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U.S. Troops Stay Active in Najaf Fight

Iraq Delays Plan To Use Force Against Militia

By Karl Vick
Washington Post Foreign Service
Monday, August 16, 2004; Page A14

NAJAF, Iraq Aug. 15 -- Combat resumed in Najaf on Sunday, as U.S. forces edged into the narrow streets surrounding the shrine of Imam Ali and militiamen fired mortars and rocket-propelled grenades from around the holy site that serves as their firebase.

The renewed clashes signaled that U.S. forces intend to remain active in the fight, a day after Iraq's interim government announced it was dispatching the Iraqi army to lead the battle against forces loyal to Moqtada Sadr, a rebellious Shiite Muslim cleric. But the government said Sunday that its plans to use force to expel Sadr from the shrine were on hold.

Militiamen from Shite cleric Moqtada Sadr's Mahdi Army prepare to fire a mortar in Najaf, where two U.S. soldiers were killed in clashes yesterday. (Akram Saleh -- Reuters)

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A Marine commander said the U.S. forces were trying to keep pressure on the militia, called the Mahdi Army, while awaiting the arrival of the newly trained Iraqi troops.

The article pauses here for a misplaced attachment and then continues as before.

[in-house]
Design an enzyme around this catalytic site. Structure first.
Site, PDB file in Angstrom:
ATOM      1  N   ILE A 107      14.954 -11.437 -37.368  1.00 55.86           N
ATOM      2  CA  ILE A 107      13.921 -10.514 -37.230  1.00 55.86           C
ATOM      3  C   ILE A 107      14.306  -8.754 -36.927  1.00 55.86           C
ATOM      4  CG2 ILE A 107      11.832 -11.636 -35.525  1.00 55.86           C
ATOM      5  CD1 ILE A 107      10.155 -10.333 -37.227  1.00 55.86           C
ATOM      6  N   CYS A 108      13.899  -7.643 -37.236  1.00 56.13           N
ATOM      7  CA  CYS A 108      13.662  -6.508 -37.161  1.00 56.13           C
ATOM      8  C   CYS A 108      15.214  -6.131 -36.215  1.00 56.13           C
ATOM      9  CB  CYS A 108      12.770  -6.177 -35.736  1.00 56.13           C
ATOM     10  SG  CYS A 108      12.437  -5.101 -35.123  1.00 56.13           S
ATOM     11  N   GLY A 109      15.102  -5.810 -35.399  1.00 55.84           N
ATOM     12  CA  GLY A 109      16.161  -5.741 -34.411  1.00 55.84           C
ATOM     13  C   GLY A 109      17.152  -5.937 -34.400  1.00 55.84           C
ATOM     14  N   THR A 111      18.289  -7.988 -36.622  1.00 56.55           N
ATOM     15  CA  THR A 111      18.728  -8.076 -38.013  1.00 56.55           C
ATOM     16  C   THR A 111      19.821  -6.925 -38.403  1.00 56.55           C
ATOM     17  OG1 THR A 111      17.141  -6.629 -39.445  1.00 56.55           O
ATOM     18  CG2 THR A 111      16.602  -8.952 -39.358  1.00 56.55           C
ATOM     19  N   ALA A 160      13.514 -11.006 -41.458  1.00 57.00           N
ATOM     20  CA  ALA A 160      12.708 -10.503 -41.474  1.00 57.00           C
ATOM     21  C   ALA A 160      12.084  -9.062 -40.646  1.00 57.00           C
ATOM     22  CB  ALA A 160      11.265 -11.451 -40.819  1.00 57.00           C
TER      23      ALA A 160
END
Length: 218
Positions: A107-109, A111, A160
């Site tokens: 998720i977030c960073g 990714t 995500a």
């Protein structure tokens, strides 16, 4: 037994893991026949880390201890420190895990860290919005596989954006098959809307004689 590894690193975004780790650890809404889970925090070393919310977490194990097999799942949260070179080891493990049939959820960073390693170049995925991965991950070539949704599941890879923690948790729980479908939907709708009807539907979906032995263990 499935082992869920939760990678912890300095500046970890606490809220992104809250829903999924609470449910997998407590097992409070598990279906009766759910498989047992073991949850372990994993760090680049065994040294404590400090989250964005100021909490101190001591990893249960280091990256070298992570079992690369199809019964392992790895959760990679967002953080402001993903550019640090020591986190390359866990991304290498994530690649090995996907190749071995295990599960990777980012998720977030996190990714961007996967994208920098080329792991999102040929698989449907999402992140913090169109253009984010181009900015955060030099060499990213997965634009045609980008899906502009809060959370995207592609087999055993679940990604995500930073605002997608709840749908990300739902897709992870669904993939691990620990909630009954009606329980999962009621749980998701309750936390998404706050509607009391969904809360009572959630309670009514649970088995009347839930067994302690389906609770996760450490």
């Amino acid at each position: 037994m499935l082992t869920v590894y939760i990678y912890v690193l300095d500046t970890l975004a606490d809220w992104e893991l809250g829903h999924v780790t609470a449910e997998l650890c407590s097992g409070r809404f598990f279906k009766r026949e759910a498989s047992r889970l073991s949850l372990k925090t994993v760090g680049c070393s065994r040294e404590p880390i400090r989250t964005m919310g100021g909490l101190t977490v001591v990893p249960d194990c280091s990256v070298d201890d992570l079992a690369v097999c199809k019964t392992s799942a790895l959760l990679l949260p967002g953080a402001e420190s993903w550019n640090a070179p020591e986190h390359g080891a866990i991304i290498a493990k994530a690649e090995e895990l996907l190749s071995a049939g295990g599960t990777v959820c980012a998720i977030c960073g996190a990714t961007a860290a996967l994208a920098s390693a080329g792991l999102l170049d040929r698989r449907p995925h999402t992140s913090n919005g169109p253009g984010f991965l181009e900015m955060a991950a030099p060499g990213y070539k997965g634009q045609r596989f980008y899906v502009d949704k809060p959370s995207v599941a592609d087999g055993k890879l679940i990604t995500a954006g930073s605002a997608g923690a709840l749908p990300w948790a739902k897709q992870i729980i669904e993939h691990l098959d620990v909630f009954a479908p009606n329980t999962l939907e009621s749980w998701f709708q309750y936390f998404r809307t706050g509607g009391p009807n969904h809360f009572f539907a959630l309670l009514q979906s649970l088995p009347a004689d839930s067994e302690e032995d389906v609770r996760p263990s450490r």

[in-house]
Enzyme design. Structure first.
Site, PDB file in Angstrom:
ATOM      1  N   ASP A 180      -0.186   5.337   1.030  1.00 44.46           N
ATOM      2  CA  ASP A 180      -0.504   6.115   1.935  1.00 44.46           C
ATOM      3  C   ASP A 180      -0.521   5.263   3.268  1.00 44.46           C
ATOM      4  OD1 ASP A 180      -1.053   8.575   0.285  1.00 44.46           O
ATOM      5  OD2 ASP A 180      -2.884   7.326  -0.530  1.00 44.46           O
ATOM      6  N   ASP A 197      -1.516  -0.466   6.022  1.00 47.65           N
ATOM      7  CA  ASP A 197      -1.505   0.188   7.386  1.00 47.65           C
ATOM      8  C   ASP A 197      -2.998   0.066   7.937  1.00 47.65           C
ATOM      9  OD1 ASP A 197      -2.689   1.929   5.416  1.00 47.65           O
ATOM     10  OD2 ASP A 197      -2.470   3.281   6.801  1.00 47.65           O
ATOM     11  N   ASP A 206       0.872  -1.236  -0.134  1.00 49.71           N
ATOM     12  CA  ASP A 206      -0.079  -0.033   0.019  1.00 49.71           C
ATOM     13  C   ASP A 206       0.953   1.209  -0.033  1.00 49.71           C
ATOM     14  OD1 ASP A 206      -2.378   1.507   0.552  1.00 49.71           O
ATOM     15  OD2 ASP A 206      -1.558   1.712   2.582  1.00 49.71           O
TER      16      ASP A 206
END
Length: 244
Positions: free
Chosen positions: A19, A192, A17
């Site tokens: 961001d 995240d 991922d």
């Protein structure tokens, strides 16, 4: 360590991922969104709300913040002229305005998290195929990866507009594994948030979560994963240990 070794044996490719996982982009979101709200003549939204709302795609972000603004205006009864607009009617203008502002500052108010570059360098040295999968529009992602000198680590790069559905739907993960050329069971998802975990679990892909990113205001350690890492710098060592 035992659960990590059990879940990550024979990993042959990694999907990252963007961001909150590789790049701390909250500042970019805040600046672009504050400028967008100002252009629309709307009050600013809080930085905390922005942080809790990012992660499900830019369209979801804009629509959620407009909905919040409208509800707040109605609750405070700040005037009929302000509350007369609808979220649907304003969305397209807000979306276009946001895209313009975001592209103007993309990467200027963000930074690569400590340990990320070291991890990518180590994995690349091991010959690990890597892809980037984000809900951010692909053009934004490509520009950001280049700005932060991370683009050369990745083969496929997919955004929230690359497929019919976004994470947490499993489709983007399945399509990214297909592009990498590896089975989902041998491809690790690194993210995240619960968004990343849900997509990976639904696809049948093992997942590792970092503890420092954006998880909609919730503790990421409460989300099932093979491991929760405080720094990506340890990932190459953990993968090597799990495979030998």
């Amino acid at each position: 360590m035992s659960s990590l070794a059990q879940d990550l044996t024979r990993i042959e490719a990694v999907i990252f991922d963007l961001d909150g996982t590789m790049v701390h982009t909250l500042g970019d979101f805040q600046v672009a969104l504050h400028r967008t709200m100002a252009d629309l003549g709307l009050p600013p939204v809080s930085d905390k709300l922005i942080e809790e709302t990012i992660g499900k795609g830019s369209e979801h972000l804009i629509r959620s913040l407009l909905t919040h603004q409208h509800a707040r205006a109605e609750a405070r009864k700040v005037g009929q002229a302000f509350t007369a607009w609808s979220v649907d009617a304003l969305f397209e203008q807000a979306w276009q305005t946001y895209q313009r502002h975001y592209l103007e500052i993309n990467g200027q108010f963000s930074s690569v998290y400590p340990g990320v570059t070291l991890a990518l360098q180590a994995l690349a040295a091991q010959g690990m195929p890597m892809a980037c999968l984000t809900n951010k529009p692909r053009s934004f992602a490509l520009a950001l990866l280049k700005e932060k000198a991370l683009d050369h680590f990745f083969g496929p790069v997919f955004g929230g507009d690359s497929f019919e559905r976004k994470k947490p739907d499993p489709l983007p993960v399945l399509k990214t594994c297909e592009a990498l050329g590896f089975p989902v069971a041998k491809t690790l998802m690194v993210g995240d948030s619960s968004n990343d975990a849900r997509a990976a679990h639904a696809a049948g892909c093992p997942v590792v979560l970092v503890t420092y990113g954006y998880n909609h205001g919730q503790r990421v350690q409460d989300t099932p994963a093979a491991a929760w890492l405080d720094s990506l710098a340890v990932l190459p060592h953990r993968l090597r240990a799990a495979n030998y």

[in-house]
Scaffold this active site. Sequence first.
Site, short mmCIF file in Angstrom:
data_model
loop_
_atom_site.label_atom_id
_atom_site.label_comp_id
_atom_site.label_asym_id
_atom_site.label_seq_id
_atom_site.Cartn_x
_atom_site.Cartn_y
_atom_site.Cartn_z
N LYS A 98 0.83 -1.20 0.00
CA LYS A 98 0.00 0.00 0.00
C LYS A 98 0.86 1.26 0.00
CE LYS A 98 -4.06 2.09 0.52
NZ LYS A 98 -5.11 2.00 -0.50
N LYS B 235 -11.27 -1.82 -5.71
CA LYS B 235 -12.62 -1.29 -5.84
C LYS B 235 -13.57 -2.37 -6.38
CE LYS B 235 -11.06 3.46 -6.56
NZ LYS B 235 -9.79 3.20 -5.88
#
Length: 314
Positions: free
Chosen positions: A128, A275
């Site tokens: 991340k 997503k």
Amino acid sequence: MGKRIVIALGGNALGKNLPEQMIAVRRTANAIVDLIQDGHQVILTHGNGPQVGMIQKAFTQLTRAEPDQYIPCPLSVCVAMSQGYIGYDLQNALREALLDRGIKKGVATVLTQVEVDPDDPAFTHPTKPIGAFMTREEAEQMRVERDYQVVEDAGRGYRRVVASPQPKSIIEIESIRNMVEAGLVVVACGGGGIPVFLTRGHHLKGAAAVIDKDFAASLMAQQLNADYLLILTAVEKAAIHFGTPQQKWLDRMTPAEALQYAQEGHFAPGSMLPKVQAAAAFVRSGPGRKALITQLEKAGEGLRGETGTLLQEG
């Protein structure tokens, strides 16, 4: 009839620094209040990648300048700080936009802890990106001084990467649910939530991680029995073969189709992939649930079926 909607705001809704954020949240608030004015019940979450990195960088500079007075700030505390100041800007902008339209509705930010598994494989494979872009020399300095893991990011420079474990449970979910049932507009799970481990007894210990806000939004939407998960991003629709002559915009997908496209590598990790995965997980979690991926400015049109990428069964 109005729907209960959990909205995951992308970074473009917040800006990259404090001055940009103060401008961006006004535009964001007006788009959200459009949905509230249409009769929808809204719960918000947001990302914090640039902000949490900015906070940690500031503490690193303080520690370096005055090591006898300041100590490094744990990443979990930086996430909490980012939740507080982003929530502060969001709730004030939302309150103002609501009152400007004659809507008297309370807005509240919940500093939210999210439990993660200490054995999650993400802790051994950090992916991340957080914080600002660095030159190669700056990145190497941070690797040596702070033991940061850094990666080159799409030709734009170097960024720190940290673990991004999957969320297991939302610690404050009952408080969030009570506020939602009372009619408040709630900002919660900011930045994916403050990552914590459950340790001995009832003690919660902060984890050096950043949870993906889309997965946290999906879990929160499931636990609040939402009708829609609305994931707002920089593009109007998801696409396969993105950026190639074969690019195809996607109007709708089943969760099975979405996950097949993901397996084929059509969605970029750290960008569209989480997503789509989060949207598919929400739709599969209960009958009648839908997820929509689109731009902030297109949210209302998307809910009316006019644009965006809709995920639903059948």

"The Iraqi government has asked us to squeeze in," said Maj. David Holahan of the 11th Marine Expeditionary Unit.

Two soldiers were killed in fighting in the city's vast graveyard, bringing to eight the number of U.S. military deaths in the area since Aug. 5. U.S. commanders said they inflicted substantial casualties on the militiamen.

After dark, U.S. military spotters called in a series of deafening artillery barrages on the cemetery, targeting a concentration of militiamen more than a mile from the shrine, said Marine Capt. Coby Moran. At the same time, troops from the Army's 2nd Battalion, 7th Cavalry Regiment conducted raids in Najaf's old city, a neighborhood south of the sacred site.

During daylight, mortar fire, rocket-propelled grenades, tank rounds, machine-gun fire and the crack of sniper rifles echoed intermittently across the sun-baked downtown, largely deserted by residents ordered to evacuate the crowded neighborhoods near the gold-domed shrine.